The Triad of Domineering:

Anwar, Jamal and Talaat

The last period of the Ottoman Empire’s life was distinguished by the abundance of military coups, and a state of instability that contributed greatly to the acceleration of the fall of the state, but the most dangerous of these coups was what occurred in 1913 when a group of officers led by “Anwar Bey” stormed into the headquarter of the Ministers Cabinet; Where he shot the Minister of War, “Nazem Pasha” and forced “Kamel Pasha” to resign.
Bernard Lewis, in his book The Emergence of Modern Turkey, provides an important and shocking description of this period. He summarizes the progress of events from (1913) until the defeat of the Ottoman Empire in the First World War in (1918), stating: “From then until 1918 Turkey was ruled by a de facto military dictatorship, dominated by three men, Anwar, Talaat and Jamal Pasha.” Who are the horror trio?
Anwar Pasha was born in Istanbul in (1881) and the historical sources differed about his origins, but they were unanimous that he came from a modest Istanbul family, then he graduated from the military college and joined the young Turks and participated in the coup of (1908), and in (1913) he became the Minister of War, then he was granted the title of Pasha, and in (1914) he married an Ottoman princess, to gain a higher social status. In addition, “Jamal Pasha” was born in Istanbul in (1872) to a military family and graduated from the Military College, and was recruited early in the Young Turks group, and after the coup of (1913) he became a military governor of Istanbul, then he took over the Ministry of War, and became a commander of the Ottoman army in the levant.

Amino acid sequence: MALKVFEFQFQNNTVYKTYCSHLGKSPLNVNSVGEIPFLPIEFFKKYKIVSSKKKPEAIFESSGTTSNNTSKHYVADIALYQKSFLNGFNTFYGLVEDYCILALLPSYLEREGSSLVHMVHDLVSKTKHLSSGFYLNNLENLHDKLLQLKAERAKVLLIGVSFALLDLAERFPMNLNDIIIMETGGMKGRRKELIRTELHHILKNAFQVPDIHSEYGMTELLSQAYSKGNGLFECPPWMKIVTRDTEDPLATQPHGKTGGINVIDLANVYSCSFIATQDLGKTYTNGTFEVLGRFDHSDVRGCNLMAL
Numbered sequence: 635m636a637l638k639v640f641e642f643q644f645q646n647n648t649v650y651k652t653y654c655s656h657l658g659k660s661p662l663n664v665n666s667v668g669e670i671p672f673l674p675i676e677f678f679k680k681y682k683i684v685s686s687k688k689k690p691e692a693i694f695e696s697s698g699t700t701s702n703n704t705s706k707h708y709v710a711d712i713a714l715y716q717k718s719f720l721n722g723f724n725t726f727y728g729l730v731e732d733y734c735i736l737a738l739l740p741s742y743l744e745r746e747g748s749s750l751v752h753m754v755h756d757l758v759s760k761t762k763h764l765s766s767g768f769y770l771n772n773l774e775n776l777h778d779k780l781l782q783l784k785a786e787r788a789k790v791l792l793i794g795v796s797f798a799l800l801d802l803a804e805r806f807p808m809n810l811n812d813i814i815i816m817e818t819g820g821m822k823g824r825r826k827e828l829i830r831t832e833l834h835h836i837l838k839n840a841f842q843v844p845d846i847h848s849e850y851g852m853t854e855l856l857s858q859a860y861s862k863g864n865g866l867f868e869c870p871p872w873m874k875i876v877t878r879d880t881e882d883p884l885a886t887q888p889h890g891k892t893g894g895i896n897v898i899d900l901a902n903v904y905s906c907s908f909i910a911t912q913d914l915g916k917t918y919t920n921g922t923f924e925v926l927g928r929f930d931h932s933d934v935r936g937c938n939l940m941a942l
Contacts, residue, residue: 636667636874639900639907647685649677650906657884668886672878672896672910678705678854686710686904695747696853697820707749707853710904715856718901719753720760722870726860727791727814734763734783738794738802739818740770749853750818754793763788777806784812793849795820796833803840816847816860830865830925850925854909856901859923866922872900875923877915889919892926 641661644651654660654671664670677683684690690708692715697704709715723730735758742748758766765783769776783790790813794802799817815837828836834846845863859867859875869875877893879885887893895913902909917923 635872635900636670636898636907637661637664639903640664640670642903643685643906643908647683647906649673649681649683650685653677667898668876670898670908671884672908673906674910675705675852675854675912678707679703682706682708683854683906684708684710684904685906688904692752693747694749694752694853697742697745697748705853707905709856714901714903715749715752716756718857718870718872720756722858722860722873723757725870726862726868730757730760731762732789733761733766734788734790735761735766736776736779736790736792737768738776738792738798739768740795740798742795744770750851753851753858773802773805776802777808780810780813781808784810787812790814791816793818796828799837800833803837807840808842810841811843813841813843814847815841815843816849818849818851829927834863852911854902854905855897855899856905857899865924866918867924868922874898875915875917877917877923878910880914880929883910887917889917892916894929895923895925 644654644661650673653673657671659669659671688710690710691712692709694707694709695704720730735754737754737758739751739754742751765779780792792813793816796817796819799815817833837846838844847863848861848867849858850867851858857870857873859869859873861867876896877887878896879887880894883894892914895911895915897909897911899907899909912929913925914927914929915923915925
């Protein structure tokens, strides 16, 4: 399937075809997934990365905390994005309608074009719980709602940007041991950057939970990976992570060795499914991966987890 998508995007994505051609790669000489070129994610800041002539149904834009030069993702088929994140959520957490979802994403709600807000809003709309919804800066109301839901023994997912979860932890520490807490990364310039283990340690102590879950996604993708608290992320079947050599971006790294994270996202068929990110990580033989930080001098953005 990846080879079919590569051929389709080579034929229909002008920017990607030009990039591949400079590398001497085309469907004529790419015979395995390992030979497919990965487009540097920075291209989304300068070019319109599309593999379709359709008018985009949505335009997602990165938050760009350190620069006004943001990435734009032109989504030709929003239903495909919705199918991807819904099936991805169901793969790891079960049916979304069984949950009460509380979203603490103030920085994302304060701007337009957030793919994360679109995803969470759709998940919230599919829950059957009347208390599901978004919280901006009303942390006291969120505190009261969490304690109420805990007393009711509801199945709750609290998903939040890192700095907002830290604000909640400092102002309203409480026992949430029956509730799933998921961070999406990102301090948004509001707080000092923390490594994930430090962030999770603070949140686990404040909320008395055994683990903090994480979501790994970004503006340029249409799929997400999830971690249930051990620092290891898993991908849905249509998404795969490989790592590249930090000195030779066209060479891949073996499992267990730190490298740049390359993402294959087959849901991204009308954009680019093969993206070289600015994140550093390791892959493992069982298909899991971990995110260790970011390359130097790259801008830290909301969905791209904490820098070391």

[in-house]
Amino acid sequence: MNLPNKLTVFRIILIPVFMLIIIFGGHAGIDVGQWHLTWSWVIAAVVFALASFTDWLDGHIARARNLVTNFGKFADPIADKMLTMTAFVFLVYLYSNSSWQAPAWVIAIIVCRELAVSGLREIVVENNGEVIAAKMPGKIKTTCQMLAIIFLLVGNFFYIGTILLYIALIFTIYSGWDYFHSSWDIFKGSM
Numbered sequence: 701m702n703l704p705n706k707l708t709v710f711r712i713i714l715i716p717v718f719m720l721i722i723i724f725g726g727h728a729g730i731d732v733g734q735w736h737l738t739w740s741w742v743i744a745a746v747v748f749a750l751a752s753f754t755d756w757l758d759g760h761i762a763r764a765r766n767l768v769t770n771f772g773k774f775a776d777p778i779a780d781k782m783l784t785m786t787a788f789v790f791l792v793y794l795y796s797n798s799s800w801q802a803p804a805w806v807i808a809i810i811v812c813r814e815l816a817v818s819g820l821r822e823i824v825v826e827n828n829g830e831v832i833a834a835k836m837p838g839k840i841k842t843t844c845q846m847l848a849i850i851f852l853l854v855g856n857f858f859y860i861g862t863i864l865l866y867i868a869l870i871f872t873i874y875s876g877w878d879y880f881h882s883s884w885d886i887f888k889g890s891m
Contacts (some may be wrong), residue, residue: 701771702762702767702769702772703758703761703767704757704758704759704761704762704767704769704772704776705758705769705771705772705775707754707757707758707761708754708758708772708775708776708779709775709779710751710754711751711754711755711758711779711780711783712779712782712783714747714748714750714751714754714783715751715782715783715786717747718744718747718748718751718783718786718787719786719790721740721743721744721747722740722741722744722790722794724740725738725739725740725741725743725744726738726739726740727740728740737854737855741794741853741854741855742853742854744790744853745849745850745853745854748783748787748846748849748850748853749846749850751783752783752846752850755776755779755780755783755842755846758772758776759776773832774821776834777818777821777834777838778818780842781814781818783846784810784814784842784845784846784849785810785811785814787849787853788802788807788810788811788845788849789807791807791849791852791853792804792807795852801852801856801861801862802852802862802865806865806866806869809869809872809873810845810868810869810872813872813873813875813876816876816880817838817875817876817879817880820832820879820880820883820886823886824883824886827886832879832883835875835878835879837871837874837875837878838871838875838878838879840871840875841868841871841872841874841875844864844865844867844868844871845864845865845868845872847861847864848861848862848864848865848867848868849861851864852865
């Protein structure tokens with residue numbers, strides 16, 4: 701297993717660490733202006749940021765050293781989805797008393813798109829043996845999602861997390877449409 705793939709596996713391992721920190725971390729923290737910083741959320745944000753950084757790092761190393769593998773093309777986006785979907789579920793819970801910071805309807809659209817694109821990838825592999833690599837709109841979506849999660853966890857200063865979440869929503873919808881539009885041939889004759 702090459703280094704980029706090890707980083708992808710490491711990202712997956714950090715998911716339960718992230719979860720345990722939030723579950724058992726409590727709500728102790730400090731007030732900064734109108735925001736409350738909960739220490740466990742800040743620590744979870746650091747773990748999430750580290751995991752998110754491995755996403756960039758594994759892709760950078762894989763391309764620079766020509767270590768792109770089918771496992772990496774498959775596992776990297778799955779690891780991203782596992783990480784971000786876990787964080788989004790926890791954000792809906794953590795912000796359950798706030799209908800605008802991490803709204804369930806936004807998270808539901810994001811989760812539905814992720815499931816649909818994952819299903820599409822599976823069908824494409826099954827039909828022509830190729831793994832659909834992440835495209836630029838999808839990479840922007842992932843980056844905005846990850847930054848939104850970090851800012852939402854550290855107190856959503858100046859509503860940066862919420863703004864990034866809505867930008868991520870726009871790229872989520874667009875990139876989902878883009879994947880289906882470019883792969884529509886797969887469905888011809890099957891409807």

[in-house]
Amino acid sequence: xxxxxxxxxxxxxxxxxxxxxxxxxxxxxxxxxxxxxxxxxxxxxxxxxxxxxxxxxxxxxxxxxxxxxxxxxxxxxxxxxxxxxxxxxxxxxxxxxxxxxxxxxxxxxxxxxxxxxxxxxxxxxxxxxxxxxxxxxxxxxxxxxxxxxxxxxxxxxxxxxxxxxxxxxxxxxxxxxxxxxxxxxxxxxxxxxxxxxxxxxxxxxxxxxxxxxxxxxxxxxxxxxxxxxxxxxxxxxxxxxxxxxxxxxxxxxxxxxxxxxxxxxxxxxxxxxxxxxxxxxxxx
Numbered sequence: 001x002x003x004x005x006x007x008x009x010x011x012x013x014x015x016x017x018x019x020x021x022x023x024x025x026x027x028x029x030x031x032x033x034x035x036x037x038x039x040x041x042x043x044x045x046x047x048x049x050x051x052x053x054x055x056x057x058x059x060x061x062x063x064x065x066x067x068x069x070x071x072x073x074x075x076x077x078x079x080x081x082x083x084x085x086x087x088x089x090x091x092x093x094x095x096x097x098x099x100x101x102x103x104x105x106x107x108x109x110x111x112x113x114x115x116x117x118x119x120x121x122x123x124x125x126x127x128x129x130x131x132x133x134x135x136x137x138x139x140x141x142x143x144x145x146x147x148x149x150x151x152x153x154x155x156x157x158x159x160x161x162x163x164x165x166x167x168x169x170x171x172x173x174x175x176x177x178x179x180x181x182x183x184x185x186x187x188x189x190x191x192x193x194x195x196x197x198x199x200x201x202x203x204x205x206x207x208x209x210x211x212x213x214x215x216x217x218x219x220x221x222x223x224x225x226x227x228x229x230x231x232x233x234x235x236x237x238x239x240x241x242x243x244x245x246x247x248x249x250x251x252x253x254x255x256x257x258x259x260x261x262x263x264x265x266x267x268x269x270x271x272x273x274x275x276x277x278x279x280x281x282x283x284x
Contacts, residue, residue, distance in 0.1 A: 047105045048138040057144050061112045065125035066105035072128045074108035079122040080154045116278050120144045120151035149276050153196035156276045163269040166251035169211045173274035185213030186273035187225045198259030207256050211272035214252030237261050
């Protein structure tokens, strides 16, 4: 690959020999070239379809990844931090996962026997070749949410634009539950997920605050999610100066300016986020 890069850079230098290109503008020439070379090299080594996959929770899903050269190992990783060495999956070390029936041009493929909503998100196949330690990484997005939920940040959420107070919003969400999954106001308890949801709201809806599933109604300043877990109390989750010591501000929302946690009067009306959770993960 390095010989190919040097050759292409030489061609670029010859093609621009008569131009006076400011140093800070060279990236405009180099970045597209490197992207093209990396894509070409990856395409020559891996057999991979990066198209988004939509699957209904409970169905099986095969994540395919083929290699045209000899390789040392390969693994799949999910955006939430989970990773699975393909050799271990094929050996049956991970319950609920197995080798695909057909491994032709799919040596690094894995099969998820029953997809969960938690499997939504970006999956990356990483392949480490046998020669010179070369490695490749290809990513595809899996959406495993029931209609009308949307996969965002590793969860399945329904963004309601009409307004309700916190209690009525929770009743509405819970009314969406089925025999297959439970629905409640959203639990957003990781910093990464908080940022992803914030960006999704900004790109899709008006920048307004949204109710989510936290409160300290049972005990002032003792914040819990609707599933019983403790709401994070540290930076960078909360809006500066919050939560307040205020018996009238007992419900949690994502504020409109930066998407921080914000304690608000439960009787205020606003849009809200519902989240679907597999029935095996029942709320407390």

As for the third one in the horror trio: “Talaat Pasha”, who was born to a poor family in Adrianople in (1874), and took over several civil positions, especially in the Postal Administration, which facilitated the secret communications of the group. After the coup of (1913), he assumed the position of the Minister of Interior, and in (1916) he took over the position of the Grand Vizier, i.e. the Prime Minister.
Historical sources describe “Anwar Pasha” as a bloody person (1913) and some sources indicate that he was the real founder of what was known as “Specific Formations”, i. e. the special formations that are the new Ottoman intelligence Service, which was established with the help of the Germans to be the state’s secret Service for its dirty operations. The fingers were pointed at this Service in carrying out the massacres and extermination against the Armenians; however, Turkish historians deny that. The sources as well as indicated the role of the special formations in following Arab secret associations. The special formations also played an important role in preparing for the Ottoman army’s campaigns against Egypt during the First World War, and trying to raid the Suez Canal. The special formations also managed to recruit some agents in Egypt for Ottoman country, on top of them was “Sheikh Abdul Aziz Gawish”. The special formations provided material support to some of the Egyptian newspapers supporting the Ottoman state. They supervised the organization process of secret contacts between the Ottoman state and the Senossians in Libya, and they planned to invade Egypt from the western side. Moreover, the special formations held secret contacts with the Sultan of Darfur in Sudan in order to be in the side of the Ottoman state, and to carry out a rebellion movement there against the Egyptian authorities and the British army.